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No one can predict the extent of its impact, but Delaware tourism professionals are confident that creation of a national park or monument will bring significant economic benefits to the First State.

“National parks bring in a lot of out-of-state visitation, a lot of out-of-state revenue,” said Linda Parkowski, state tourism director. “We feel that tourism would reap huge benefits” from a national park.

“Many people travel to visit national parks. They like to check off the ones they have been to,” said Sarah Willoughby, executive director of the Greater Wilmington Convention and Visitors Bureau. “If they visit [a national park in Delaware], they will explore other attractions, and spend on dining and shopping,” she said.

Former New Castle Historic Alliance president Esther Lovlie discusses possible impact of a national park.

Former New Castle Historic Alliance president Esther Lovlie discusses possible impact of a national park.


Preserving the Past for Delaware’s Future

Having a Delaware destination listed on the National Park Service website “gives us another area of exposure,” she said.

“A partnership with the National Park Service is another way of putting New Castle, and Delaware, on the map,” said Esther Lovlie, past president of the New Castle Historic Alliance and owner of the Trader’s Cove Coffee Shop at Penn’s Place in New Castle.

No studies of a national park’s impact on the Delaware or regional economy have been conducted, Parkowski and Willoughby said.

But Blaine Phillips, Mid-Atlantic director for the Conservation Fund, said “it is well documented that national parks play a huge role in boosting local economies — tourism and other services.” He cited National Park Service studies that found that for every dollar spent on national parks, four dollars is returned to the local economy. “Retailers understand that, and awareness is broadening to the entire business community,” he said.

The Conservation Fund hired RK&K Engineers to project the traffic impact if the Woodlawn property in Brandywine Hundred and Delaware County, Pa., were included in a national park. The company estimated that an additional 110,000 visitors a year would be added to the 140,000 who already visit the parkland.

RK&K based its estimates on comparisons with four parks whose characteristics appear comparable to the 1,100-acre Woodlawn property: Greenbelt Park in Maryland, Harpers Ferry National Historical Park in West Virginia, Great Falls Park in Virginia, and Valley Forge National Historical Park in Pennsylvania.

The traffic impact, RK&K estimated, would be about 120 additional vehicles per day inside the park area.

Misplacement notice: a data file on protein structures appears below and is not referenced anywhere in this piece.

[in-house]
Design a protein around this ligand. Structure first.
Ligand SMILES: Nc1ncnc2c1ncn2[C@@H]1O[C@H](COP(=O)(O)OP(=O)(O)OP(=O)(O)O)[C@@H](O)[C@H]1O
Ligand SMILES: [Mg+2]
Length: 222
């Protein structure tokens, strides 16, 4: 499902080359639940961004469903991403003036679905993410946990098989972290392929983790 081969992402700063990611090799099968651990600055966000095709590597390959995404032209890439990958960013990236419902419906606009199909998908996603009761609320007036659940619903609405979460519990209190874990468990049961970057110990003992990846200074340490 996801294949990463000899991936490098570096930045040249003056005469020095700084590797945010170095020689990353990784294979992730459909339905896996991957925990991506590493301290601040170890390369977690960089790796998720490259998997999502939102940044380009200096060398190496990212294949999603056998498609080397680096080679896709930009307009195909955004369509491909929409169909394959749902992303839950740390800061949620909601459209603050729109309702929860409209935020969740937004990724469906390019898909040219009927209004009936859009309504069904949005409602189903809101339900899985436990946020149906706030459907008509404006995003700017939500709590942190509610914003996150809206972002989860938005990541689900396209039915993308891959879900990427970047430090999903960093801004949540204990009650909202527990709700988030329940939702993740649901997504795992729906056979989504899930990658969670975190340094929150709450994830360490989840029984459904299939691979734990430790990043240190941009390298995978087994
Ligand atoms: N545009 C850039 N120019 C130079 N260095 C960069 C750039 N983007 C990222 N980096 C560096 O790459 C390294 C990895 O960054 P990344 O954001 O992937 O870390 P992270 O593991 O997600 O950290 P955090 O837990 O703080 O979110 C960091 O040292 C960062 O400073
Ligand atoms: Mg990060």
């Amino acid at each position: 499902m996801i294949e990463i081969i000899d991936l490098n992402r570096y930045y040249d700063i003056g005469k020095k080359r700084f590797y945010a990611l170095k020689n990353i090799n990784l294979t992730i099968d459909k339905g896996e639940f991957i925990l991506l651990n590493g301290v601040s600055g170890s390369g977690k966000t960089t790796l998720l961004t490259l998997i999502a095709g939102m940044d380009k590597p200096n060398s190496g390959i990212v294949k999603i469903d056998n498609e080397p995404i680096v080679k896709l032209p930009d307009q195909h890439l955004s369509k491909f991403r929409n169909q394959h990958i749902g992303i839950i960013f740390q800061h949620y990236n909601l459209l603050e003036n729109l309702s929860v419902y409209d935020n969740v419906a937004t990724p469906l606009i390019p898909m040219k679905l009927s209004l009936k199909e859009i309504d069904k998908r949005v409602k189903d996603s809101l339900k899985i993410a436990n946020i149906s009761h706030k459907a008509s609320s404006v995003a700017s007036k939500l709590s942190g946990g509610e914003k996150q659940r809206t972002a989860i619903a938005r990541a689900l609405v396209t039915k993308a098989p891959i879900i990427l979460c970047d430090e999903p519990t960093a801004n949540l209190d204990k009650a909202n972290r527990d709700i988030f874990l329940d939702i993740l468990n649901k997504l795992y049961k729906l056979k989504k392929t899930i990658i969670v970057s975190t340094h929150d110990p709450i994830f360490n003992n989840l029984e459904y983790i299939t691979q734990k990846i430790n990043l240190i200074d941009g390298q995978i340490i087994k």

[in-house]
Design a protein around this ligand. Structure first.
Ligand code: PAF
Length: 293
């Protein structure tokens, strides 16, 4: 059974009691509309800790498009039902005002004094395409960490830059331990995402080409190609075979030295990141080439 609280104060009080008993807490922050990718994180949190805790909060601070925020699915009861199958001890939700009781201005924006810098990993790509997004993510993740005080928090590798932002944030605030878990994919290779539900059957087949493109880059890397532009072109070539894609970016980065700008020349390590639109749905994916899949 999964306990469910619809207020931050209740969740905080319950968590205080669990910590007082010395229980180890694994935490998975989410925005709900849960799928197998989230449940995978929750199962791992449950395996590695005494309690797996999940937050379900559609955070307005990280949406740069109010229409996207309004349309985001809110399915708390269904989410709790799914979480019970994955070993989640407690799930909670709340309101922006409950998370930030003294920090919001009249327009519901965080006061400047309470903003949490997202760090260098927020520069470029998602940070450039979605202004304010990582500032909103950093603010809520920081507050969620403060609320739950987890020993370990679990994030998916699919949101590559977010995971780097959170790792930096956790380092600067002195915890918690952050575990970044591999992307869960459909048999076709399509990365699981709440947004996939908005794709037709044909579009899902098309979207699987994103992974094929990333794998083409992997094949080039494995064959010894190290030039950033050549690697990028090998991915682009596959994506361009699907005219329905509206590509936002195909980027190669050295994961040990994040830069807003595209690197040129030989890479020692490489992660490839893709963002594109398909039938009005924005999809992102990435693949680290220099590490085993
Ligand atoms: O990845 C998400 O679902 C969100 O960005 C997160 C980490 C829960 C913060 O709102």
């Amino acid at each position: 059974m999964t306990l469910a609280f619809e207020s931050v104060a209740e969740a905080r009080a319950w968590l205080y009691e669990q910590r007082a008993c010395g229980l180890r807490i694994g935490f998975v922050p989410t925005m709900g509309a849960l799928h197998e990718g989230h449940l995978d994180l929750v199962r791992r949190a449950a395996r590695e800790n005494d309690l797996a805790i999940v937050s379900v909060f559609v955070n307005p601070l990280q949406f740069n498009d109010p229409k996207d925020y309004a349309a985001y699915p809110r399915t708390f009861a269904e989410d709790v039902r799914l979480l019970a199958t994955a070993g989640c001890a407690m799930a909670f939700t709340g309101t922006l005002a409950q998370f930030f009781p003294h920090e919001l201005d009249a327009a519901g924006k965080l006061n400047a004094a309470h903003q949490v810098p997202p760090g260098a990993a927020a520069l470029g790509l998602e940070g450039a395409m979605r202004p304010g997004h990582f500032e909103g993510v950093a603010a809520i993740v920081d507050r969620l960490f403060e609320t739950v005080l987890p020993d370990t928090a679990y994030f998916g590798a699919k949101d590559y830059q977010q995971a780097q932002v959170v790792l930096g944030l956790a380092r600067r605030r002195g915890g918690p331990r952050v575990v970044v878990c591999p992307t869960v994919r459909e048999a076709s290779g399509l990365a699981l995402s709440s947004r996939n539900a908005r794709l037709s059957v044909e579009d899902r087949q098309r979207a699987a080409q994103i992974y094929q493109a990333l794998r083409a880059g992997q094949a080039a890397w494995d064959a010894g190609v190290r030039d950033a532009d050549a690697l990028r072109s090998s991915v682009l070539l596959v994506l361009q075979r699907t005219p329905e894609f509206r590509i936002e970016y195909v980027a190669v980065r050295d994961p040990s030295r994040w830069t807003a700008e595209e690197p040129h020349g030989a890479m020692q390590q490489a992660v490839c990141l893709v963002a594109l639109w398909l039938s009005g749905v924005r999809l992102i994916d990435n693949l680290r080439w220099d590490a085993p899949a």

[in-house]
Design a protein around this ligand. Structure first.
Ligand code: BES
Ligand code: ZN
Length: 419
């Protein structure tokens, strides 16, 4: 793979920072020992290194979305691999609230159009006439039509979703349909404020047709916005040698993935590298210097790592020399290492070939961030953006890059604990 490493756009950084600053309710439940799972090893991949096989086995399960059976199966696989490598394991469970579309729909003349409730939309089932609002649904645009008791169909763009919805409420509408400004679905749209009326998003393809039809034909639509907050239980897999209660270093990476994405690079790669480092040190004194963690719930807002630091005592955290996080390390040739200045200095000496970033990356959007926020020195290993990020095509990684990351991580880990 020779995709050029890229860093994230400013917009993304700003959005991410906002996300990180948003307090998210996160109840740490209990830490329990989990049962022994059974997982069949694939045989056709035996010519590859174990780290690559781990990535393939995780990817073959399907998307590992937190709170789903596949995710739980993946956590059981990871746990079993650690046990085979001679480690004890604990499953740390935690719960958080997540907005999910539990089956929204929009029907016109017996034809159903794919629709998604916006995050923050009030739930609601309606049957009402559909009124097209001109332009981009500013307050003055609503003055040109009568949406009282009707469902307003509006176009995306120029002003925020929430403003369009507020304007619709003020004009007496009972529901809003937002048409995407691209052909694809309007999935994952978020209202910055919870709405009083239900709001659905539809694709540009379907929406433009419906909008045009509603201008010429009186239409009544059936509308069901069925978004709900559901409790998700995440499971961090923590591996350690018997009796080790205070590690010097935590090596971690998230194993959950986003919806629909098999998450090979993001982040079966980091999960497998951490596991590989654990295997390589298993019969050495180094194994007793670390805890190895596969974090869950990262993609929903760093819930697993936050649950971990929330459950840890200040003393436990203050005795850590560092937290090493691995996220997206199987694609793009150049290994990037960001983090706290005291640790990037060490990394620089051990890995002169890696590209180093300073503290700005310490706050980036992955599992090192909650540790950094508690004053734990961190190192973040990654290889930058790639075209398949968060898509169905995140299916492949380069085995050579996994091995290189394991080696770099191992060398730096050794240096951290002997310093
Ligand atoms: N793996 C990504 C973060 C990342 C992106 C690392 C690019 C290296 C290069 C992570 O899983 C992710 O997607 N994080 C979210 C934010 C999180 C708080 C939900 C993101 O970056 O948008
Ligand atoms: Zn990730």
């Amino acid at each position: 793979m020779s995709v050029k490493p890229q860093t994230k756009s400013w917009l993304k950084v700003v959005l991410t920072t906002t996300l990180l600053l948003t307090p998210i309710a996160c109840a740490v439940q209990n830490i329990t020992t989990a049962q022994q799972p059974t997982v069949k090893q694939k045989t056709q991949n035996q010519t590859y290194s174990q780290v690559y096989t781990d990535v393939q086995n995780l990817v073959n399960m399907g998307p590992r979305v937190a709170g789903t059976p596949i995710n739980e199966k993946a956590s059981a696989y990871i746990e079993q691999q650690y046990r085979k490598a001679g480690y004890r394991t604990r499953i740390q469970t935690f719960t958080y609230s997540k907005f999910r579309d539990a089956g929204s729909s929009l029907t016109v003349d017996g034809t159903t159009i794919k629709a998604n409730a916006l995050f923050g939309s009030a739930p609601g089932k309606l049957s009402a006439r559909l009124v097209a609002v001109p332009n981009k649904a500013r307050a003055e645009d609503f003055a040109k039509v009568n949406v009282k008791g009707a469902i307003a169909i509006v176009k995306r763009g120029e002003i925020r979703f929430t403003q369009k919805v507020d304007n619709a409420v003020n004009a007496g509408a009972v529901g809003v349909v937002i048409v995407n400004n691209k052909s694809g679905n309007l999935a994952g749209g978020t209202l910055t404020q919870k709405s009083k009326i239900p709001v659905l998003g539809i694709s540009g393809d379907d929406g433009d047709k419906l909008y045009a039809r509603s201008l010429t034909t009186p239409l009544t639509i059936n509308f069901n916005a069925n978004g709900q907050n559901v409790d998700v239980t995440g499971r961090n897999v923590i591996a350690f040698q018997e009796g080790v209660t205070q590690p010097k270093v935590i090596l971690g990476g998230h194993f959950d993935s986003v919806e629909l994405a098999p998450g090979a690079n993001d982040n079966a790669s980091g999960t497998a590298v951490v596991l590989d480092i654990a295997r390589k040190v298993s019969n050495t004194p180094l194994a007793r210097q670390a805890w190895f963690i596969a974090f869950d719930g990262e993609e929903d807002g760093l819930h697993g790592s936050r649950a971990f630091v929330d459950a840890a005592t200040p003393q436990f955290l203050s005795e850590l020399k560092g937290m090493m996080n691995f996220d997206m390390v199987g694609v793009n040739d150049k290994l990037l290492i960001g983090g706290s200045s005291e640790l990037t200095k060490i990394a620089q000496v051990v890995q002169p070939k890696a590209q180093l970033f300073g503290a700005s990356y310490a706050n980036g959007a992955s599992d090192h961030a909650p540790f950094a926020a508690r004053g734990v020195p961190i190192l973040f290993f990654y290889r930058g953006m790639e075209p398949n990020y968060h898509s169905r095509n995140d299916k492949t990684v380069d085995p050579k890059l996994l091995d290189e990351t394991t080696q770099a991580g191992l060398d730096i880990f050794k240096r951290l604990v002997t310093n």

“What they’re trying to say,” Willoughby said, “is that this isn’t going to be like Yellowstone. We won’t have cars on Route 202 lined up to go along Naamans Road to Ramsey Road.”

But, she added, the people inside those 120 vehicles represent potential hotel and restaurant guests in the greater Wilmington area and potential visitors to historic, cultural and environmental sites in the region.

“It’s hard to quantify but people will come, stay, eat, drink and learn of other sites,” she said.

The addition of the Woodlawn property to the historic sites proposed by Sen. Tom Carper for a proposed national park — Old Swedes Church and Fort Christina in Wilmington, the Sheriff’s House and the Old Courthouse in New Castle, the Green in Dover, the John Dickinson Plantation in Kitts Hummock and the Ryves Holt House in Lewes — gives the park recreational and environmental dimensions that will add to its appeal, Parkowski said. “Ecotourism is getting bigger in Delaware,” she said.

“Woodlawn expands the park,” Lovlie said, “making it appealing to people interested in hiking as well as history.”

Tourism is already the state’s third-largest industry, employing about 39,000 people and attracting 7.1 million visitors in 2010, and generating $400 million in state and local government taxes and fees, according to a report prepared earlier this year for the Delaware Tourism Office.

Parkowski also said the state’s recent efforts to package tourism destinations — the Delaware Wine and Ale Trail, and the Delaware History Trail, for example — have proven popular with visitors. The history trail’s website drew 7,000 hits the week it was launched, she said. “Consumers like prepackaged items,” she said.

“A national park gives Delaware another marketing piece,” Willoughby said. “It’s a win-win for everyone.”